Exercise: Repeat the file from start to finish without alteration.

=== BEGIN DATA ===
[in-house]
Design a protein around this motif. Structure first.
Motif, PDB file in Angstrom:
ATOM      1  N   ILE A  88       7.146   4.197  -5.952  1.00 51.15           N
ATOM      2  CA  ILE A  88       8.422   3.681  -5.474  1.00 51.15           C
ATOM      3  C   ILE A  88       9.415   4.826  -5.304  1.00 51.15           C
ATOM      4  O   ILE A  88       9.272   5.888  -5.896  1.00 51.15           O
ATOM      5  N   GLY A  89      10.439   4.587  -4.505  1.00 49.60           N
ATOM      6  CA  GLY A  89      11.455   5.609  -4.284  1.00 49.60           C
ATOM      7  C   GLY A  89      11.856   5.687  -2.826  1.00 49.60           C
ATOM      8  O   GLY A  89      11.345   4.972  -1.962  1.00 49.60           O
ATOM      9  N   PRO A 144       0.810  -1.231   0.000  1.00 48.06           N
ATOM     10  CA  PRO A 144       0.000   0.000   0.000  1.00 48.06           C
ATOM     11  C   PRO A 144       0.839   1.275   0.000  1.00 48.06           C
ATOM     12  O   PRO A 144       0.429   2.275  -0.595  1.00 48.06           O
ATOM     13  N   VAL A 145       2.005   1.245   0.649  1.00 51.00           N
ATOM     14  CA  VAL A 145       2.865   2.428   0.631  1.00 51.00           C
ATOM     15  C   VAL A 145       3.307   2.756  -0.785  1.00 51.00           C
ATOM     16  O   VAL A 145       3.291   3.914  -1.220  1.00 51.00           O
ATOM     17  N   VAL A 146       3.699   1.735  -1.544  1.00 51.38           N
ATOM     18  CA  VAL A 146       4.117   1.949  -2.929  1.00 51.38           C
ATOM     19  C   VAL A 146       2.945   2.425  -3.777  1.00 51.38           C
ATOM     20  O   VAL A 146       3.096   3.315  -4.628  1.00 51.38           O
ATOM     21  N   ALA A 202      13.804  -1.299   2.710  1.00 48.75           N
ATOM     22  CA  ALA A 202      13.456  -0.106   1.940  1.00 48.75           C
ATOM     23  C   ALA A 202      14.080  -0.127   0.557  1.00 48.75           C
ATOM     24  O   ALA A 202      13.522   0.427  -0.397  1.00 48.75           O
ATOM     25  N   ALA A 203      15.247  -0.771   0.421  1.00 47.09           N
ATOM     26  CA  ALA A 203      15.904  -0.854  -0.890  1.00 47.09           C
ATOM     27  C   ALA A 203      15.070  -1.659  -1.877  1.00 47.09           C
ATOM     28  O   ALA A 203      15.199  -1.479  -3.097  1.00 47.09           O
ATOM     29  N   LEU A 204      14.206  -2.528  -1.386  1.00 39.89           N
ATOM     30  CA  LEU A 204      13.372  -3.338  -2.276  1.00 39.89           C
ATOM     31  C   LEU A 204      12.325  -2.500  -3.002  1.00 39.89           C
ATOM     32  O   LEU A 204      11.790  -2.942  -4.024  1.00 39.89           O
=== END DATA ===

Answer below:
[in-house]
Design a protein around this motif. Structure first.
Motif, PDB file in Angstrom:
ATOM      1  N   ILE A  88       7.146   4.197  -5.952  1.00 51.15           N
ATOM      2  CA  ILE A  88       8.422   3.681  -5.474  1.00 51.15           C
ATOM      3  C   ILE A  88       9.415   4.826  -5.304  1.00 51.15           C
ATOM      4  O   ILE A  88       9.272   5.888  -5.896  1.00 51.15           O
ATOM      5  N   GLY A  89      10.439   4.587  -4.505  1.00 49.60           N
ATOM      6  CA  GLY A  89      11.455   5.609  -4.284  1.00 49.60           C
ATOM      7  C   GLY A  89      11.856   5.687  -2.826  1.00 49.60           C
ATOM      8  O   GLY A  89      11.345   4.972  -1.962  1.00 49.60           O
ATOM      9  N   PRO A 144       0.810  -1.231   0.000  1.00 48.06           N
ATOM     10  CA  PRO A 144       0.000   0.000   0.000  1.00 48.06           C
ATOM     11  C   PRO A 144       0.839   1.275   0.000  1.00 48.06           C
ATOM     12  O   PRO A 144       0.429   2.275  -0.595  1.00 48.06           O
ATOM     13  N   VAL A 145       2.005   1.245   0.649  1.00 51.00           N
ATOM     14  CA  VAL A 145       2.865   2.428   0.631  1.00 51.00           C
ATOM     15  C   VAL A 145       3.307   2.756  -0.785  1.00 51.00           C
ATOM     16  O   VAL A 145       3.291   3.914  -1.220  1.00 51.00           O
ATOM     17  N   VAL A 146       3.699   1.735  -1.544  1.00 51.38           N
ATOM     18  CA  VAL A 146       4.117   1.949  -2.929  1.00 51.38           C
ATOM     19  C   VAL A 146       2.945   2.425  -3.777  1.00 51.38           C
ATOM     20  O   VAL A 146       3.096   3.315  -4.628  1.00 51.38           O
ATOM     21  N   ALA A 202      13.804  -1.299   2.710  1.00 48.75           N
ATOM     22  CA  ALA A 202      13.456  -0.106   1.940  1.00 48.75           C
ATOM     23  C   ALA A 202      14.080  -0.127   0.557  1.00 48.75           C
ATOM     24  O   ALA A 202      13.522   0.427  -0.397  1.00 48.75           O
ATOM     25  N   ALA A 203      15.247  -0.771   0.421  1.00 47.09           N
ATOM     26  CA  ALA A 203      15.904  -0.854  -0.890  1.00 47.09           C
ATOM     27  C   ALA A 203      15.070  -1.659  -1.877  1.00 47.09           C
ATOM     28  O   ALA A 203      15.199  -1.479  -3.097  1.00 47.09           O
ATOM     29  N   LEU A 204      14.206  -2.528  -1.386  1.00 39.89           N
ATOM     30  CA  LEU A 204      13.372  -3.338  -2.276  1.00 39.89           C
ATOM     31  C   LEU A 204      12.325  -2.500  -3.002  1.00 39.89           C
ATOM     32  O   LEU A 204      11.790  -2.942  -4.024  1.00 39.89           O